Many insurance companies have asked for a universal authorization form. Inasmuch as they request health information from just about all health care facilities, they find that each facility has its own authorization form and ROI requirements. This causes delays, confusion, and errors.
Is it possible to agree on one authorization form to be used by all health care facilities/providers? Although past efforts have not gone well, it may be worthwhile to take another look at possible solutions.
To satisfy those health care facilities that insist that their own wording be on the authorization form, perhaps space could be allocated on a universal form to accommodate their wishes. If every care provider and authorized requestor can be assured of compliance with legal requirements and protection from liability through use of a universal form, acceptance will likely follow.
Each HIPAA-compliant authorization for ROI should contain the following:
• the name of the facility that is releasing the information;
• the health care provider’s address;
• the name of the individual/facility/organization to receive the information;
• enough information to accurately identify the patient;
• the purpose for which the information is to be used (The statement “at the request of the individual” is sufficient.);
• specificity of the information to be released, including dates of care and any exclusions;
• the signature of the patient or his/her legal representative;
• the date of signature (The date must be later than the dates for which the information is to be released.);
• the expiration date or statement of expiration of the authorization;
• a statement of the individuals’ right to revoke the authorization; and
• identification of the format/medium (such as paper, CD, or flash drive) that the records are to be released in.
Another aspect is “sensitive” information. What does your facility consider to be sensitive diagnostics? Most hospitals consider the following to fall into that category:
• HIV/AIDS testing, results, and diagnostics;
• drug and alcohol testing, results, and diagnostics; and
• mental/behavioral health assessment and treatment.
Some hospitals also include the following:
• genetic testing;
• domestic violence;
• sexual assault; and
• sexually transmitted disease.
The question has been raised about whether additional diagnostics should be included. For example, should another category be created in which patients can identify specific information they do not want shared, such as sexual orientation? Universal standards can be valuable in these matters.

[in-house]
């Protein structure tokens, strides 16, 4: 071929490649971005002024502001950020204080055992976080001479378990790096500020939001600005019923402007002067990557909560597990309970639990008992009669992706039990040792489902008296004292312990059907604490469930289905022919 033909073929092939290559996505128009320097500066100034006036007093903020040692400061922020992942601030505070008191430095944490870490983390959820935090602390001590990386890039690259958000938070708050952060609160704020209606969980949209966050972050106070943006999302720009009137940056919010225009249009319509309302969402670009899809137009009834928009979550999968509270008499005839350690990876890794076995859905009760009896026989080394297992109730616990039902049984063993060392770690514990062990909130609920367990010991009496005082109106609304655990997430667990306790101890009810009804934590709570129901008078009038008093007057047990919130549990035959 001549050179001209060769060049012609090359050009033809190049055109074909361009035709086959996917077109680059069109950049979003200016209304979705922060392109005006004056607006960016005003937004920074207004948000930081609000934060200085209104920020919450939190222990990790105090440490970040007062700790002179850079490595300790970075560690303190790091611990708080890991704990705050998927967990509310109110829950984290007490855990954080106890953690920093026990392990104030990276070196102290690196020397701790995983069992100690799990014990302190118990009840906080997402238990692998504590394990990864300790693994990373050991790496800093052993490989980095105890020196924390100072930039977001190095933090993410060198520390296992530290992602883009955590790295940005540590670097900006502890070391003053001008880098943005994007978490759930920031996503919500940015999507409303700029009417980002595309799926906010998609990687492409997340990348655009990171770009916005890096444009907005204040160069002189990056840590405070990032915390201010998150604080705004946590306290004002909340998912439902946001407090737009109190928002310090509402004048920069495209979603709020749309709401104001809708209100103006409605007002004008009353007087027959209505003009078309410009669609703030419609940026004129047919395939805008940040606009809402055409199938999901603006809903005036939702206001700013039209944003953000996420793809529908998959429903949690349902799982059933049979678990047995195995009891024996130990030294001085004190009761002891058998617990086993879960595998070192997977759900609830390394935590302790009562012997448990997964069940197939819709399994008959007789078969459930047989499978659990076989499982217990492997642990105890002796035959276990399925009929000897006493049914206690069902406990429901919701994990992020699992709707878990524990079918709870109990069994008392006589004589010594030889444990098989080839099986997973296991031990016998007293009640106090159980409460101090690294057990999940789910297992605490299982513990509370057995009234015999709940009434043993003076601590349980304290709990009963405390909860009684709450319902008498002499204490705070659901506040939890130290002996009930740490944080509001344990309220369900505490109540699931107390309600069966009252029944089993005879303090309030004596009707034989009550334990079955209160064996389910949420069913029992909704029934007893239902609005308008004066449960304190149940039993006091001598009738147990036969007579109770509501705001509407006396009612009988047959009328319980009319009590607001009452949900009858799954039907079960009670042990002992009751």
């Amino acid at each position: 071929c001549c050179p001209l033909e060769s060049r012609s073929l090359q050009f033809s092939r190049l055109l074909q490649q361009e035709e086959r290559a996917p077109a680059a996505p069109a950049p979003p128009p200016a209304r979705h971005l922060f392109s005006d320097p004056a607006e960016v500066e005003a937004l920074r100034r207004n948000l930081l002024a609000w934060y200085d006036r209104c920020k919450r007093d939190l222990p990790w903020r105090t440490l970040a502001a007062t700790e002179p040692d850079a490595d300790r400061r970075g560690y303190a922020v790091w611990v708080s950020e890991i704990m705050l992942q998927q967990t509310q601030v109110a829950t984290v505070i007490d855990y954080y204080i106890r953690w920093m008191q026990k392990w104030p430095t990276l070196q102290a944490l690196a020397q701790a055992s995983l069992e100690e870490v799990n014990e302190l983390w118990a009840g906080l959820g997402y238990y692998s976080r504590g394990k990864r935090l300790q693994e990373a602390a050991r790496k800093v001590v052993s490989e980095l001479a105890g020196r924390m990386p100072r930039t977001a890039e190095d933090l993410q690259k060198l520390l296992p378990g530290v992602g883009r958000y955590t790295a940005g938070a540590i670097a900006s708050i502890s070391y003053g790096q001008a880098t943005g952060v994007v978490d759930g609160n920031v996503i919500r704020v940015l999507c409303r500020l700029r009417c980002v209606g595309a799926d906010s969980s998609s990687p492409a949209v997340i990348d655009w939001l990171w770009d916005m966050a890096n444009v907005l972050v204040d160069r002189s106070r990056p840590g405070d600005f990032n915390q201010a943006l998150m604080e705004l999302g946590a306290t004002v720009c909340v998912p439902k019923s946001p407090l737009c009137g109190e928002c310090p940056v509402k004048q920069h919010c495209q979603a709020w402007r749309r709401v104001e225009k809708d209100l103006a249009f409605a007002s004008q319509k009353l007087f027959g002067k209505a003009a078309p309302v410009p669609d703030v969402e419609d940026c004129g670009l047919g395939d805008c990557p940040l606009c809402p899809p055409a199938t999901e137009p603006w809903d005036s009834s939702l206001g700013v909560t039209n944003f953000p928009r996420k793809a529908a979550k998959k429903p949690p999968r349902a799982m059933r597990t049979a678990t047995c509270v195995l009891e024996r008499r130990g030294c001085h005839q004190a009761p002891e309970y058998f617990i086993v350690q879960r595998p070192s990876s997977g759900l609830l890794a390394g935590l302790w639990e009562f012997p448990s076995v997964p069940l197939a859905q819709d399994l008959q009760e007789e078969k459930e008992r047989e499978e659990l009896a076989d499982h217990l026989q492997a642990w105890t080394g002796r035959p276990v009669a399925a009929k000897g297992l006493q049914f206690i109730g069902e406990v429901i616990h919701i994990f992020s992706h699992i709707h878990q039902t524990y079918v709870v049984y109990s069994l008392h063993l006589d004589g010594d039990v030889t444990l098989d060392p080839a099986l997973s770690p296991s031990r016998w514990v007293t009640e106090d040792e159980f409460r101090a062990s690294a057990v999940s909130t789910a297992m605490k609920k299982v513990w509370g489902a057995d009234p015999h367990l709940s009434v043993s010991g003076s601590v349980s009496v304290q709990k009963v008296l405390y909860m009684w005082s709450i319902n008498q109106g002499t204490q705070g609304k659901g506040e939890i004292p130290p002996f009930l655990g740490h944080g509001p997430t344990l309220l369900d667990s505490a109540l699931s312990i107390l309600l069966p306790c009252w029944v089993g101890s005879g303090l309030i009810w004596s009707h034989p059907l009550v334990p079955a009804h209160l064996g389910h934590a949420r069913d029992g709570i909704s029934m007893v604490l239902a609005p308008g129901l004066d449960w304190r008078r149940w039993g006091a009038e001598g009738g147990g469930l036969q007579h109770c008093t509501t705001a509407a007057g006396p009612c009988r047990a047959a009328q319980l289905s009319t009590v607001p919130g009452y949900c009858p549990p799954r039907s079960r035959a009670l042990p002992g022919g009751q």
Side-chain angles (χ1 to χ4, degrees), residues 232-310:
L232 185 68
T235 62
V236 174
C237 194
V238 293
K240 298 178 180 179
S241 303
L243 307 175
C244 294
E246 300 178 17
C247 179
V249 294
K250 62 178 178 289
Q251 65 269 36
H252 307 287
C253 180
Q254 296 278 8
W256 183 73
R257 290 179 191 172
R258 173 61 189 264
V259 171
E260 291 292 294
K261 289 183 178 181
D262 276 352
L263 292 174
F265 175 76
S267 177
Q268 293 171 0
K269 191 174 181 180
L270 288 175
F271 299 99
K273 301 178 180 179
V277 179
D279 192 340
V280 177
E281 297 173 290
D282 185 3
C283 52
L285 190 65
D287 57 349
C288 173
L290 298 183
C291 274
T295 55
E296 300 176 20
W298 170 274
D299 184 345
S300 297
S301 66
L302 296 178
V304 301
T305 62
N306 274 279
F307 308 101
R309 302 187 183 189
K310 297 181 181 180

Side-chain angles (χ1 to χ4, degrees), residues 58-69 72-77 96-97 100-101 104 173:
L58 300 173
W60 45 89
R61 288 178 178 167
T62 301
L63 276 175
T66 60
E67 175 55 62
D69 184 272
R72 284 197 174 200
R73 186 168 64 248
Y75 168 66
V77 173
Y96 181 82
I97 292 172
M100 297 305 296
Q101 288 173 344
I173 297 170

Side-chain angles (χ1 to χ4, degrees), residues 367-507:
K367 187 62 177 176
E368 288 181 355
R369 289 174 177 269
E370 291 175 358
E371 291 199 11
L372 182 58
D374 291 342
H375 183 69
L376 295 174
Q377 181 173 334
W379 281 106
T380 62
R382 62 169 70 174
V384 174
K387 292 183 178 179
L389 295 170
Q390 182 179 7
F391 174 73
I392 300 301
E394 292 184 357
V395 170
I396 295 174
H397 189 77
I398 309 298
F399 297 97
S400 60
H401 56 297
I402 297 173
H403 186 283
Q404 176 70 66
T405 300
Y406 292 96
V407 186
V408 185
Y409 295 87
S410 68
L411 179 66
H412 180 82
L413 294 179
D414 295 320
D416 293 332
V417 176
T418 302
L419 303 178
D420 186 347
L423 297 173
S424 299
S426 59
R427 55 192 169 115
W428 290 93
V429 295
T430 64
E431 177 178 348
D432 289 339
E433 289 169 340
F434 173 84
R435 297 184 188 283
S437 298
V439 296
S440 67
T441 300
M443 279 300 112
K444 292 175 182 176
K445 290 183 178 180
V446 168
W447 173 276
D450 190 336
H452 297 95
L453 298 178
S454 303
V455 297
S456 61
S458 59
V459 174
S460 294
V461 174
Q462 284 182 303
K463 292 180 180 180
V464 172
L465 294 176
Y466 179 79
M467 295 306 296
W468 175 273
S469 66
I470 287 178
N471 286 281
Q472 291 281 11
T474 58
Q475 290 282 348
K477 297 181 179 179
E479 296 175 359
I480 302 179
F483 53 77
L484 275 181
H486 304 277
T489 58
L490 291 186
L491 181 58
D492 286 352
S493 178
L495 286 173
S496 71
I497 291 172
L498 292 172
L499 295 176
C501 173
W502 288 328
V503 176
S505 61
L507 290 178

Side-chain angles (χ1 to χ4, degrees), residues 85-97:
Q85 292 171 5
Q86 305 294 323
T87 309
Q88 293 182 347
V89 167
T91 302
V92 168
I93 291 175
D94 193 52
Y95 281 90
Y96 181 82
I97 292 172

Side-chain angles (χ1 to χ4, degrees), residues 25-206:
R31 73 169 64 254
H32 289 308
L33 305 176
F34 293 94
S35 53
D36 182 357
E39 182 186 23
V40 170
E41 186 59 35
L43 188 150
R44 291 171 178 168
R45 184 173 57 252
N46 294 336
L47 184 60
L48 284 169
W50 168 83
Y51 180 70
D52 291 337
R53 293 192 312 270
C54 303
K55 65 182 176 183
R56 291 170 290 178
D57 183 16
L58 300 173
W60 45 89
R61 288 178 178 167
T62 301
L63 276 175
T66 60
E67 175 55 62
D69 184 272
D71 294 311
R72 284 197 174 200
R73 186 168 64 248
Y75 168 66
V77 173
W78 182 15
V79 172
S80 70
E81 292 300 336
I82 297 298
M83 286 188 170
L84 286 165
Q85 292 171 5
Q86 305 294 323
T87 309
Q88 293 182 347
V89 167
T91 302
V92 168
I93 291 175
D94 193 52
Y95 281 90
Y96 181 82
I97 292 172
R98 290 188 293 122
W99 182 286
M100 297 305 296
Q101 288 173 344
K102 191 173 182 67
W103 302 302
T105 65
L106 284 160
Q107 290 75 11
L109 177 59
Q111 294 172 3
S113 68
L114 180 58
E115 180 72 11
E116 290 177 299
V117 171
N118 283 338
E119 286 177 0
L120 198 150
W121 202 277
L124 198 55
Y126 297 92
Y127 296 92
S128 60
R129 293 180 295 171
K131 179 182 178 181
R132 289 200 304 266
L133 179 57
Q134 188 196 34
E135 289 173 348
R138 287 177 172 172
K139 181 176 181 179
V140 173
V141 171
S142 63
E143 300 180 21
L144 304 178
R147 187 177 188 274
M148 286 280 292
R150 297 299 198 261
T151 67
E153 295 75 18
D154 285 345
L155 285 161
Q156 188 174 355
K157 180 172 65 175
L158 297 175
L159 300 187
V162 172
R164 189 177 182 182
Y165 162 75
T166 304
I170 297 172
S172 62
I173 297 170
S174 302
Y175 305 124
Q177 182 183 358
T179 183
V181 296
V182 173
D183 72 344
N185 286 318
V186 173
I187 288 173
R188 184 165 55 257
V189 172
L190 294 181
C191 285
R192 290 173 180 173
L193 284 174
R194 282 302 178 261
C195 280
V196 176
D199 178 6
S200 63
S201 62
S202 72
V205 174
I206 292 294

It’s a good idea to place the following statement on an authorization to cover the facility in the event of a sensitive diagnostic slipping through: “This authorization may include disclosure of information related to alcohol, drug abuse, mental health treatment, and HIV/AIDS results.”
The designation of the delivery method is also important. According to HIPAA, patients have the right to choose how they would like to have their information delivered. This includes the following:
• mailed paper;
• mailed encrypted CD;
• pick up;
• encrypted e-mail;
• encrypted CD/DVD;
• encrypted USB or flash drive;
• patient or web portal; and
Whatever the delivery method, all health information must be encrypted or sent securely. Some authorization forms include an indication that the information may be sent unencrypted or via nonsecure e-mail, but that strategy is overwhelmingly frowned upon—all PHI should be sent securely.
In terms of patient identification, the following elements are essential:
• date of birth;
• Social Security number (Only the last four digits are necessary.);
• telephone number;
• cell phone number; and
• e-mail address.
— Diane E. Ferry, MS, RHIA, is president and CEO of Star-Med.
Do you have questions about ROI processes? How about interoperability? What are your thoughts on a universal authorization for ROI processes? Feel free to send questions and comments to firstname.lastname@example.org and a Star-Med expert will answer selected inquiries in an upcoming column.
We look forward to hearing from you.